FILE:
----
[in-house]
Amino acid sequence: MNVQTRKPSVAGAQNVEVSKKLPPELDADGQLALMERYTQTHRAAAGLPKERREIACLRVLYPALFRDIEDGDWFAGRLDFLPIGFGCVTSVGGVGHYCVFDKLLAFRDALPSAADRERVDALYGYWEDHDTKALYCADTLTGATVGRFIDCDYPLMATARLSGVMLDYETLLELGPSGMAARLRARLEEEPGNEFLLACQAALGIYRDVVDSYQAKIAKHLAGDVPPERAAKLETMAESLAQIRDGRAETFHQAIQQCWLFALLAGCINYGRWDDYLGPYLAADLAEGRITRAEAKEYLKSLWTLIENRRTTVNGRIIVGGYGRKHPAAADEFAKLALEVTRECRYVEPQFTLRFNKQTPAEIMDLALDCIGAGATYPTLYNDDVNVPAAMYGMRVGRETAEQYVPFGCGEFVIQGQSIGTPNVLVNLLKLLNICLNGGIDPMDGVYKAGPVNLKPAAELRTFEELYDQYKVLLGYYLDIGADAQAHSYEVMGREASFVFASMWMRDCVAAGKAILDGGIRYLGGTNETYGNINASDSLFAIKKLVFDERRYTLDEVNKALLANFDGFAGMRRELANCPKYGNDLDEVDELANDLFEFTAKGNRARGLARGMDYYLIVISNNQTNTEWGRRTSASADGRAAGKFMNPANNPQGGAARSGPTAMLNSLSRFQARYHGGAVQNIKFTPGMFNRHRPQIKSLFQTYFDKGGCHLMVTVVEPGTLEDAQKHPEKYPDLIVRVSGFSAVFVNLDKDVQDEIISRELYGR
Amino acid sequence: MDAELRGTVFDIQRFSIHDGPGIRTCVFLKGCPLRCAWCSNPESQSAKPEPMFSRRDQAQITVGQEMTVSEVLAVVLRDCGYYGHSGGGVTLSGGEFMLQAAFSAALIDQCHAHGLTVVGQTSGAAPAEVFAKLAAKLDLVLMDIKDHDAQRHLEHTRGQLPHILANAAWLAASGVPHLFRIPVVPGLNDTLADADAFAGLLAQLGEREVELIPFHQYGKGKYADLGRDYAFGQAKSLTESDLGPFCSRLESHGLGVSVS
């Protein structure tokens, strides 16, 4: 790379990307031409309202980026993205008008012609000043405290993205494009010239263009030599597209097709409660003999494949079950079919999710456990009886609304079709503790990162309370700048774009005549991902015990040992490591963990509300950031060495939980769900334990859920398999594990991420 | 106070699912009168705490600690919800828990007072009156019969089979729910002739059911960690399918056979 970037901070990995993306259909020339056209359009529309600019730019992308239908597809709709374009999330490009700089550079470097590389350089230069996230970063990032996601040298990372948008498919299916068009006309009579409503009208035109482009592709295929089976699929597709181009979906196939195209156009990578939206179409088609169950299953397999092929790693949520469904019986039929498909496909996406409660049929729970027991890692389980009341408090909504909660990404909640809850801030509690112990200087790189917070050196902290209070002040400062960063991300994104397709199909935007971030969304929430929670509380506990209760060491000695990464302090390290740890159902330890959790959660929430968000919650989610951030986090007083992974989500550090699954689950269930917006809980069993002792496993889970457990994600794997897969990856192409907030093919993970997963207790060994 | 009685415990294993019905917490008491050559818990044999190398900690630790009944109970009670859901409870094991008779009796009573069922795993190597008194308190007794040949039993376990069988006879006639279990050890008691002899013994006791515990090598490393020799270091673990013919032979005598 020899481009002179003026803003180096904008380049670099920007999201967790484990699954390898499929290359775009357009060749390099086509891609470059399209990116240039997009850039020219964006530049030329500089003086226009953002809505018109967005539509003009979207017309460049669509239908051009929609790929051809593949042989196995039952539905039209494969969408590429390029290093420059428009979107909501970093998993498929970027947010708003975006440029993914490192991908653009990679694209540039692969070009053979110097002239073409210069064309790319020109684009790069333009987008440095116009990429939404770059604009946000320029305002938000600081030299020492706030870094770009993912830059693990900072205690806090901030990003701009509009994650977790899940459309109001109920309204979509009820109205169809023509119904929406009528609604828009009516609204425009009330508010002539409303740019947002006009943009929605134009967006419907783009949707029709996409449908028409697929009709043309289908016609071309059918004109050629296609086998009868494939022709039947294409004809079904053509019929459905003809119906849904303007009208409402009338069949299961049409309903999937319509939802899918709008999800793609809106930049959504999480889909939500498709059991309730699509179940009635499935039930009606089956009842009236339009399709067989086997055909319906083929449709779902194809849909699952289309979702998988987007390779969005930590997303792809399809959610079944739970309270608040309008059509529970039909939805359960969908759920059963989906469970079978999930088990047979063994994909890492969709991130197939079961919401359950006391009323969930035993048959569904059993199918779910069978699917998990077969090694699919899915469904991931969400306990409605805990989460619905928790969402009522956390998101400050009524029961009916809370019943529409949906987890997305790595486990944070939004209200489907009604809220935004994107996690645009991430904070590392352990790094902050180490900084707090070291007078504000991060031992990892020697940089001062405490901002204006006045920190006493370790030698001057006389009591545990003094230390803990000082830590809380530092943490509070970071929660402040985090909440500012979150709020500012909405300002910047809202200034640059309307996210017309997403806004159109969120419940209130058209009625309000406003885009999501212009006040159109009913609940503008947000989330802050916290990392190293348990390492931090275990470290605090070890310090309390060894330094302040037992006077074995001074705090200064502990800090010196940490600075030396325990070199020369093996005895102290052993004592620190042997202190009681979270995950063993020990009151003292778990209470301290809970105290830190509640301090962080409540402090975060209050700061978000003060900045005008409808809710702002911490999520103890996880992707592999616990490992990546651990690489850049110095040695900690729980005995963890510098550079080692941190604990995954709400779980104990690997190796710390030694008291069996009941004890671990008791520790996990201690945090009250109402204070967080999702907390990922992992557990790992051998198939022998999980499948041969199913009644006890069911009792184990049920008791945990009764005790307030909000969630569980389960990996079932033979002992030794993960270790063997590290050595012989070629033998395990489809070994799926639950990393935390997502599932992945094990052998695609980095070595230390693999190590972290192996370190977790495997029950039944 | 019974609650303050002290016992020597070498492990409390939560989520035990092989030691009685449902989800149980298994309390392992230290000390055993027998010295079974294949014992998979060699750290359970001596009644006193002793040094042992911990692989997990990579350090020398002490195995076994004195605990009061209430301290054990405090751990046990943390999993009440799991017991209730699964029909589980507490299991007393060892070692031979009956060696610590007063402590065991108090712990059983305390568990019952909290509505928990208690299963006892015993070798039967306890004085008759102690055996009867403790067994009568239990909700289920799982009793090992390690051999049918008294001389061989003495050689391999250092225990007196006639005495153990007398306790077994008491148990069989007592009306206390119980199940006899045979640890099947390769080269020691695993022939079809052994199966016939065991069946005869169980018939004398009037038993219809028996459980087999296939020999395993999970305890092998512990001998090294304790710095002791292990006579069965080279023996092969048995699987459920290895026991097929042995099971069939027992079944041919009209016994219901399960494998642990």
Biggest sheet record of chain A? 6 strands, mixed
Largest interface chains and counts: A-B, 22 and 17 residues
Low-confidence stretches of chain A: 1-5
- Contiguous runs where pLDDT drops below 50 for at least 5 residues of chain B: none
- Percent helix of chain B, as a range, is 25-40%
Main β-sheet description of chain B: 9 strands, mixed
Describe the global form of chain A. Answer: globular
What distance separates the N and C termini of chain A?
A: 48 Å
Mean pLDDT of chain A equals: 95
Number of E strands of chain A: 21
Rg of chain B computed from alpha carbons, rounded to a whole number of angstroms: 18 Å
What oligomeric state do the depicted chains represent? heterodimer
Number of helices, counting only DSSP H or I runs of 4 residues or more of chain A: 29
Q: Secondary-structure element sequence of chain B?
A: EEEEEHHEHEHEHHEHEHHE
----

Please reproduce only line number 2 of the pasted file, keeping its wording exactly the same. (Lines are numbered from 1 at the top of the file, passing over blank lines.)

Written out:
Amino acid sequence: MNVQTRKPSVAGAQNVEVSKKLPPELDADGQLALMERYTQTHRAAAGLPKERREIACLRVLYPALFRDIEDGDWFAGRLDFLPIGFGCVTSVGGVGHYCVFDKLLAFRDALPSAADRERVDALYGYWEDHDTKALYCADTLTGATVGRFIDCDYPLMATARLSGVMLDYETLLELGPSGMAARLRARLEEEPGNEFLLACQAALGIYRDVVDSYQAKIAKHLAGDVPPERAAKLETMAESLAQIRDGRAETFHQAIQQCWLFALLAGCINYGRWDDYLGPYLAADLAEGRITRAEAKEYLKSLWTLIENRRTTVNGRIIVGGYGRKHPAAADEFAKLALEVTRECRYVEPQFTLRFNKQTPAEIMDLALDCIGAGATYPTLYNDDVNVPAAMYGMRVGRETAEQYVPFGCGEFVIQGQSIGTPNVLVNLLKLLNICLNGGIDPMDGVYKAGPVNLKPAAELRTFEELYDQYKVLLGYYLDIGADAQAHSYEVMGREASFVFASMWMRDCVAAGKAILDGGIRYLGGTNETYGNINASDSLFAIKKLVFDERRYTLDEVNKALLANFDGFAGMRRELANCPKYGNDLDEVDELANDLFEFTAKGNRARGLARGMDYYLIVISNNQTNTEWGRRTSASADGRAAGKFMNPANNPQGGAARSGPTAMLNSLSRFQARYHGGAVQNIKFTPGMFNRHRPQIKSLFQTYFDKGGCHLMVTVVEPGTLEDAQKHPEKYPDLIVRVSGFSAVFVNLDKDVQDEIISRELYGR